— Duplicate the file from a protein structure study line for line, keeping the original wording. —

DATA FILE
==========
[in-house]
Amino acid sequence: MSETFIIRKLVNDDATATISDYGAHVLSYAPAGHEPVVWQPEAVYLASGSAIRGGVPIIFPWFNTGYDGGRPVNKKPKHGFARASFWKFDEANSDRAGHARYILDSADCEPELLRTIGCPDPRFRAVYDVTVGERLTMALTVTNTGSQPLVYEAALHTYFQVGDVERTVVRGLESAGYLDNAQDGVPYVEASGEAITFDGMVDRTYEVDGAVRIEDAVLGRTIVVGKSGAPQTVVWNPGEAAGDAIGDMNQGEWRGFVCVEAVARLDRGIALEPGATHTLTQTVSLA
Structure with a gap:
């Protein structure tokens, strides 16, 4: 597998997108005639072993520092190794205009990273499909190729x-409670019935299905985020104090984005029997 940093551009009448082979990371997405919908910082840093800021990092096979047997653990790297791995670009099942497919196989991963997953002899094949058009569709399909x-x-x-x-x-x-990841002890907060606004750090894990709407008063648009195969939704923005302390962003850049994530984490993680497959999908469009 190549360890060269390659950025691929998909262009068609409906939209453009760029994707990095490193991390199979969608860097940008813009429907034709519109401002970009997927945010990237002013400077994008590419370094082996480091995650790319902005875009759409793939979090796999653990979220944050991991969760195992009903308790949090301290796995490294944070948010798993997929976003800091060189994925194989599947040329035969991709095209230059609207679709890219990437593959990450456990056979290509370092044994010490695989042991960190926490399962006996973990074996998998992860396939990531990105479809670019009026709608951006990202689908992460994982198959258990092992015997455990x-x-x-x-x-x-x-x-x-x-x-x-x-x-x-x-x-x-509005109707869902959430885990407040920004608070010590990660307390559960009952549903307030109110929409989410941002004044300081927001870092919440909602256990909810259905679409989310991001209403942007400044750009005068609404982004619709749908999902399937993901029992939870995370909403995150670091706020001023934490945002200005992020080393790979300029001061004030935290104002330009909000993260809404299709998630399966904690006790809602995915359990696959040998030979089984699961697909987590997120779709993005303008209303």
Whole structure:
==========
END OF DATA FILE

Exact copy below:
[in-house]
Amino acid sequence: MSETFIIRKLVNDDATATISDYGAHVLSYAPAGHEPVVWQPEAVYLASGSAIRGGVPIIFPWFNTGYDGGRPVNKKPKHGFARASFWKFDEANSDRAGHARYILDSADCEPELLRTIGCPDPRFRAVYDVTVGERLTMALTVTNTGSQPLVYEAALHTYFQVGDVERTVVRGLESAGYLDNAQDGVPYVEASGEAITFDGMVDRTYEVDGAVRIEDAVLGRTIVVGKSGAPQTVVWNPGEAAGDAIGDMNQGEWRGFVCVEAVARLDRGIALEPGATHTLTQTVSLA
Structure with a gap:
């Protein structure tokens, strides 16, 4: 597998997108005639072993520092190794205009990273499909190729x-409670019935299905985020104090984005029997 940093551009009448082979990371997405919908910082840093800021990092096979047997653990790297791995670009099942497919196989991963997953002899094949058009569709399909x-x-x-x-x-x-990841002890907060606004750090894990709407008063648009195969939704923005302390962003850049994530984490993680497959999908469009 190549360890060269390659950025691929998909262009068609409906939209453009760029994707990095490193991390199979969608860097940008813009429907034709519109401002970009997927945010990237002013400077994008590419370094082996480091995650790319902005875009759409793939979090796999653990979220944050991991969760195992009903308790949090301290796995490294944070948010798993997929976003800091060189994925194989599947040329035969991709095209230059609207679709890219990437593959990450456990056979290509370092044994010490695989042991960190926490399962006996973990074996998998992860396939990531990105479809670019009026709608951006990202689908992460994982198959258990092992015997455990x-x-x-x-x-x-x-x-x-x-x-x-x-x-x-x-x-x-509005109707869902959430885990407040920004608070010590990660307390559960009952549903307030109110929409989410941002004044300081927001870092919440909602256990909810259905679409989310991001209403942007400044750009005068609404982004619709749908999902399937993901029992939870995370909403995150670091706020001023934490945002200005992020080393790979300029001061004030935290104002330009909000993260809404299709998630399966904690006790809602995915359990696959040998030979089984699961697909987590997120779709993005303008209303």
Whole structure: